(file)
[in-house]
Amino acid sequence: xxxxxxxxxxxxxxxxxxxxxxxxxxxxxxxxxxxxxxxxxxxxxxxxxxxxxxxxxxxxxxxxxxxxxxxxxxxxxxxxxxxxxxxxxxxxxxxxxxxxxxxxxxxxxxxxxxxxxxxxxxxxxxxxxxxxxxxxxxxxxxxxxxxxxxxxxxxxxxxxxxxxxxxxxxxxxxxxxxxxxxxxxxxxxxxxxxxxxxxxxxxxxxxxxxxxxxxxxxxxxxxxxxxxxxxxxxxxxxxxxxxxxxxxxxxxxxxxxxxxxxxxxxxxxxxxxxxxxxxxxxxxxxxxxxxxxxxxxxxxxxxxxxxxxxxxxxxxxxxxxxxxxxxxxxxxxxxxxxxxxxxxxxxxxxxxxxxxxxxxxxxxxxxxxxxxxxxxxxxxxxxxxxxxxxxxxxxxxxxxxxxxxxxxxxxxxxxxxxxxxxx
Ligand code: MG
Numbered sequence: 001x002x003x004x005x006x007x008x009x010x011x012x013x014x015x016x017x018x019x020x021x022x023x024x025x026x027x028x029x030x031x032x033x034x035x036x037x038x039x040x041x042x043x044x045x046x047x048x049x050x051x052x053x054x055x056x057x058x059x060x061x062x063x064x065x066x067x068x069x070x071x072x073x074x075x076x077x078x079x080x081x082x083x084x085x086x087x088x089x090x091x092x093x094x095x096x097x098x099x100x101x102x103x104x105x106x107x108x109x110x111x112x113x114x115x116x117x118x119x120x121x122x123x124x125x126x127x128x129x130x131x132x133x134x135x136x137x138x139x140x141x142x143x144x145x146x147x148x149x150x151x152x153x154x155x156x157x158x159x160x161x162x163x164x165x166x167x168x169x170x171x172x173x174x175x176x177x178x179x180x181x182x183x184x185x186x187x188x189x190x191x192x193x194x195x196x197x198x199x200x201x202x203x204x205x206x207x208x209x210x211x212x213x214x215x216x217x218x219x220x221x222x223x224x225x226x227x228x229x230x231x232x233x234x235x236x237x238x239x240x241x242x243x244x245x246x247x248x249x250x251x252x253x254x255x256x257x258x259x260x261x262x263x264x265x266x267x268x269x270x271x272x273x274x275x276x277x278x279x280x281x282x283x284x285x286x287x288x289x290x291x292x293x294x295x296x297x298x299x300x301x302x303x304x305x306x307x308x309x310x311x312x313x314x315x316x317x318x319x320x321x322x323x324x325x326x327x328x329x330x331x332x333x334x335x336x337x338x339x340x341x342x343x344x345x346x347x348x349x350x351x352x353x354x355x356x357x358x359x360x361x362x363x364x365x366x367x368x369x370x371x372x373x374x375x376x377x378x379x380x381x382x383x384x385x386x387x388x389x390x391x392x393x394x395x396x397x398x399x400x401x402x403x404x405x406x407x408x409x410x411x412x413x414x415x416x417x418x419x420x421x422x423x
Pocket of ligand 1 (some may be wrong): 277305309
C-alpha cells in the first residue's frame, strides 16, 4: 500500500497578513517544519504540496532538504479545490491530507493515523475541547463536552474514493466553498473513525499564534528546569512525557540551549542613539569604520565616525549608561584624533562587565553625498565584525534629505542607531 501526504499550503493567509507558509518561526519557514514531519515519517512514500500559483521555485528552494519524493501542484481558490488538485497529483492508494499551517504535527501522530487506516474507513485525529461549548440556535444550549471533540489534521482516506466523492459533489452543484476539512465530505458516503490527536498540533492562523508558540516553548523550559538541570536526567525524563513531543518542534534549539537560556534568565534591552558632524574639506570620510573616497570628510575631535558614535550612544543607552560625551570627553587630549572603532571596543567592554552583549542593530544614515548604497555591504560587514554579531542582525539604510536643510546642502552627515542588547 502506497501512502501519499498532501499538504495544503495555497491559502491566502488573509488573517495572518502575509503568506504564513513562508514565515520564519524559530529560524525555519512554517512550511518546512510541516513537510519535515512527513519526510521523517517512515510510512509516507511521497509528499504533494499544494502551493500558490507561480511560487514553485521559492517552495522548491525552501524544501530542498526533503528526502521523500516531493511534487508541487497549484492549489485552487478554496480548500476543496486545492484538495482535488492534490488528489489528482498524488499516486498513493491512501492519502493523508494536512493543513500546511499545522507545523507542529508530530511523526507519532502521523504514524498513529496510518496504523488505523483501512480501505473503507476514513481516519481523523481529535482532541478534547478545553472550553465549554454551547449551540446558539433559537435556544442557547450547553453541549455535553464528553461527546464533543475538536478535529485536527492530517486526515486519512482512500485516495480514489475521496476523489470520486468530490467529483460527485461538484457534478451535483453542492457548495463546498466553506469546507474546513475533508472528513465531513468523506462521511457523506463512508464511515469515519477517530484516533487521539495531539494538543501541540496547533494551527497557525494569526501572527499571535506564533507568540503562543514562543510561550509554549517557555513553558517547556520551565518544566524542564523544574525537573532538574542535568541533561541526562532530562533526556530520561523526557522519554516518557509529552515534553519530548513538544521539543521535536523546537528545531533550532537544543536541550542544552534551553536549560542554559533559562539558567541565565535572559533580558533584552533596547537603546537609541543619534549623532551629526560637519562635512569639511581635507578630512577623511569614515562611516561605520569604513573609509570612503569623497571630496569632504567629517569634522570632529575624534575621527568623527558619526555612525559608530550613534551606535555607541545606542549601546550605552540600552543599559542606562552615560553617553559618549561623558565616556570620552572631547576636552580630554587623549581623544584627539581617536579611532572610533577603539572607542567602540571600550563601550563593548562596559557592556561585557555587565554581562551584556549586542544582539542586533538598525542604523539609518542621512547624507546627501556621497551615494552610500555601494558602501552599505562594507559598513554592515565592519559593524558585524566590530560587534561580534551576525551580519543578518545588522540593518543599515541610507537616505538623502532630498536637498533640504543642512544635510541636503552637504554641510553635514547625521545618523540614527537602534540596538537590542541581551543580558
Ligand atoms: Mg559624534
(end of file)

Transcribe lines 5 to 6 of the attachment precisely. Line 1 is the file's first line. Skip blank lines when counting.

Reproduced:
Pocket of ligand 1 (some may be wrong): 277305309
C-alpha cells in the first residue's frame, strides 16, 4: 500500500497578513517544519504540496532538504479545490491530507493515523475541547463536552474514493466553498473513525499564534528546569512525557540551549542613539569604520565616525549608561584624533562587565553625498565584525534629505542607531 501526504499550503493567509507558509518561526519557514514531519515519517512514500500559483521555485528552494519524493501542484481558490488538485497529483492508494499551517504535527501522530487506516474507513485525529461549548440556535444550549471533540489534521482516506466523492459533489452543484476539512465530505458516503490527536498540533492562523508558540516553548523550559538541570536526567525524563513531543518542534534549539537560556534568565534591552558632524574639506570620510573616497570628510575631535558614535550612544543607552560625551570627553587630549572603532571596543567592554552583549542593530544614515548604497555591504560587514554579531542582525539604510536643510546642502552627515542588547 502506497501512502501519499498532501499538504495544503495555497491559502491566502488573509488573517495572518502575509503568506504564513513562508514565515520564519524559530529560524525555519512554517512550511518546512510541516513537510519535515512527513519526510521523517517512515510510512509516507511521497509528499504533494499544494502551493500558490507561480511560487514553485521559492517552495522548491525552501524544501530542498526533503528526502521523500516531493511534487508541487497549484492549489485552487478554496480548500476543496486545492484538495482535488492534490488528489489528482498524488499516486498513493491512501492519502493523508494536512493543513500546511499545522507545523507542529508530530511523526507519532502521523504514524498513529496510518496504523488505523483501512480501505473503507476514513481516519481523523481529535482532541478534547478545553472550553465549554454551547449551540446558539433559537435556544442557547450547553453541549455535553464528553461527546464533543475538536478535529485536527492530517486526515486519512482512500485516495480514489475521496476523489470520486468530490467529483460527485461538484457534478451535483453542492457548495463546498466553506469546507474546513475533508472528513465531513468523506462521511457523506463512508464511515469515519477517530484516533487521539495531539494538543501541540496547533494551527497557525494569526501572527499571535506564533507568540503562543514562543510561550509554549517557555513553558517547556520551565518544566524542564523544574525537573532538574542535568541533561541526562532530562533526556530520561523526557522519554516518557509529552515534553519530548513538544521539543521535536523546537528545531533550532537544543536541550542544552534551553536549560542554559533559562539558567541565565535572559533580558533584552533596547537603546537609541543619534549623532551629526560637519562635512569639511581635507578630512577623511569614515562611516561605520569604513573609509570612503569623497571630496569632504567629517569634522570632529575624534575621527568623527558619526555612525559608530550613534551606535555607541545606542549601546550605552540600552543599559542606562552615560553617553559618549561623558565616556570620552572631547576636552580630554587623549581623544584627539581617536579611532572610533577603539572607542567602540571600550563601550563593548562596559557592556561585557555587565554581562551584556549586542544582539542586533538598525542604523539609518542621512547624507546627501556621497551615494552610500555601494558602501552599505562594507559598513554592515565592519559593524558585524566590530560587534561580534551576525551580519543578518545588522540593518543599515541610507537616505538623502532630498536637498533640504543642512544635510541636503552637504554641510553635514547625521545618523540614527537602534540596538537590542541581551543580558